Monday, July 23, 2007

Democrat Debate With Video Questions

Tonight's CNN debate, with questions submitted by video via YouTube was interesting. The videos selected were seemingly representative of people not normally involved in the political process. I think it was a great way to get people to participate. I liked the collage of the questions about healthcare and some of the clever ones, particularly the snowman asking Kucinich a question.
I know that I will be volunteering on at least one of the campaigns as the November 2008 election nears. Each candidate has something that is unique, and several have the ability to manage the job. I mean, GWB has for the past 8 years. But I cannot say who my choice would be at this point out of the Democrats on that podium. I like Biden for his direct nature; Hilary has a great deal of experience with her and the First Husband; Obama is the voice of change for the disenfranchised; Edwards has a heart for those in need that cannot speak for themselves.
Time will tell for me. But it did make clear to me that I need to minimize other obligations so that I can jump right in to help when the time is right.

Saturday, July 21, 2007

Harry Potter and The Incredible Relay Delivery

My daughter likes the Harry Potter books and movies; I don't get it. In fact, I would tell secrets of great importance (if I knew any!) in lieu of being forced to watch a Harry Potter movie or read one of the books. Who cares about anything enough to read 800 pages of made-up stuff in eight books or so? But, in preparation for the last book which came out today, my daughter re-read all the previous books and watched all the movies before leaving for camp. I admire that some people are so interested in the Harry Potter lore, but it does not capture my imagination.
Since my daughter was anxious for the next book, I pre-ordered it on Amazon for guaranteed delivery on launch day. They showed it was shipped UPS. At 10:30 am I did the tracking of my package and it showed delivery at 10:20 am, signed for by Donald. I ran up and down the street in my nightgown to make sure it was not accidentally left at a neighbors. And I knew none were named Donald.
Since I was frantic, my husband called UPS. They told him the delivery address, which was the nearest post office, as they were to deliver it. I checked the door and mailbox every few minutes, until, at 2 pm, I ran outside, still in my nightgown, to find the mail carrier JUST putting it in the mailbox. FYI, her vehicle was full of books.
I admire that Amazon made such a great effort to deliver it -- hence, the incredible relay delivery trick, with a series of time-sensitive handoffs.
It is on my daughter's bed, awaiting her return home tomorrow. The package says "Dear Muggles, Do Not Open Before July 21." I don't know what a muggle is, nor do I care, but no worries, I will not be opening it. That did not prevent me from reading the last two pages of the book, which we happened to see at Best Buy and Costco. I often read the end of books first.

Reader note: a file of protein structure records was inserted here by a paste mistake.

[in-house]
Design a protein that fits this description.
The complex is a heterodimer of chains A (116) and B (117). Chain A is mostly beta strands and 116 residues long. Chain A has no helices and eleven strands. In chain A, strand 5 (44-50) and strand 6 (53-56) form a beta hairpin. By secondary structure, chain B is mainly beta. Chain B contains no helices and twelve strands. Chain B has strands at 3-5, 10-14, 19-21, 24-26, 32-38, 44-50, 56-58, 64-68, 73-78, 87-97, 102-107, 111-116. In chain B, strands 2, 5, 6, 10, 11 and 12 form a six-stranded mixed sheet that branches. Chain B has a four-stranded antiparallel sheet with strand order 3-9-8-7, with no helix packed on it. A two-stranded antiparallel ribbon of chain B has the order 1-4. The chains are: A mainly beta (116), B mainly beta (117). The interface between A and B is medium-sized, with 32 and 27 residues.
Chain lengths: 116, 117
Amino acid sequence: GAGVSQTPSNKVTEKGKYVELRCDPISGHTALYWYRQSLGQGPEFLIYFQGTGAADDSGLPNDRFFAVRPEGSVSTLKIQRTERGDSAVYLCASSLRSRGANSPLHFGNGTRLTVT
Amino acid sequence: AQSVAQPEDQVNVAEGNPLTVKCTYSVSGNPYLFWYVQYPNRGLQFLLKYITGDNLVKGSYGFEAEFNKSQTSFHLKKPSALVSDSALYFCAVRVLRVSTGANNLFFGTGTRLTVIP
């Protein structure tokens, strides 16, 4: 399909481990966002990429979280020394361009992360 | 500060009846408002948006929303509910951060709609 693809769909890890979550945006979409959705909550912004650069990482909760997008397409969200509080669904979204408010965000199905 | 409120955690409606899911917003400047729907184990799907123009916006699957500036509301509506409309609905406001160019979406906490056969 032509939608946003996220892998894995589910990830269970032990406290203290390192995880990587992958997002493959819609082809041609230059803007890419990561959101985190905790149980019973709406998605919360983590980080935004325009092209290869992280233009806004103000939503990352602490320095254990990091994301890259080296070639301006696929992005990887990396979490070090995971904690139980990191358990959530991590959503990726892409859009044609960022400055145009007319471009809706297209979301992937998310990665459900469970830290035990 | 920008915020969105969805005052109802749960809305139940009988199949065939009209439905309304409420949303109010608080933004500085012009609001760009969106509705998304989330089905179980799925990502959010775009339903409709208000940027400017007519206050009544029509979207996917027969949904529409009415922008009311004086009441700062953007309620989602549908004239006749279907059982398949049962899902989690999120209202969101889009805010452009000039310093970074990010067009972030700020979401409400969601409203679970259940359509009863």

So, now I know who dies, --- not that I intend to find out more about it, but it was just the fact I had to know since everyone was making such a big deal about it.

Friday, July 20, 2007

38 Years Ago Today

It was a pleasant summer night in Bellevue, Washington 38 years ago today. We had a tv set up in the "carport", out by the pool, so we could watch the first moon landing. Yes, it was a giant step for man, and I remember that night so vividly as we got chills when seeing the moon's surface. People gathered their friends and families for that momentous event and it was all people were talking about, in person and in the media.
Later, in college, I had a chance to work for NASA as a tour guide for a traveling exhibit of previous space capsules and related stuff. The school kids always asked the same question first --- "how do the astronauts go to the bathroom?" But, as years went by, interest in watching the blastoffs or landings dwindled. I remember being the only one getting up in the middle of the night at my sorority to watch a moonwalk; I was also the only one that got up to make sure Ted Bundy was executed as he had terrorized us on our campus.
It was costly, and I cannot dispute that there are many needed uses for the large amount of resources expended on the Space Program. It is important to see where we (us, on our planet) fit into the grander universe, like the line describing Grover's Corners place in scheme of things in "Our Town," -- something like our house, our town.....expanding into the great unknown.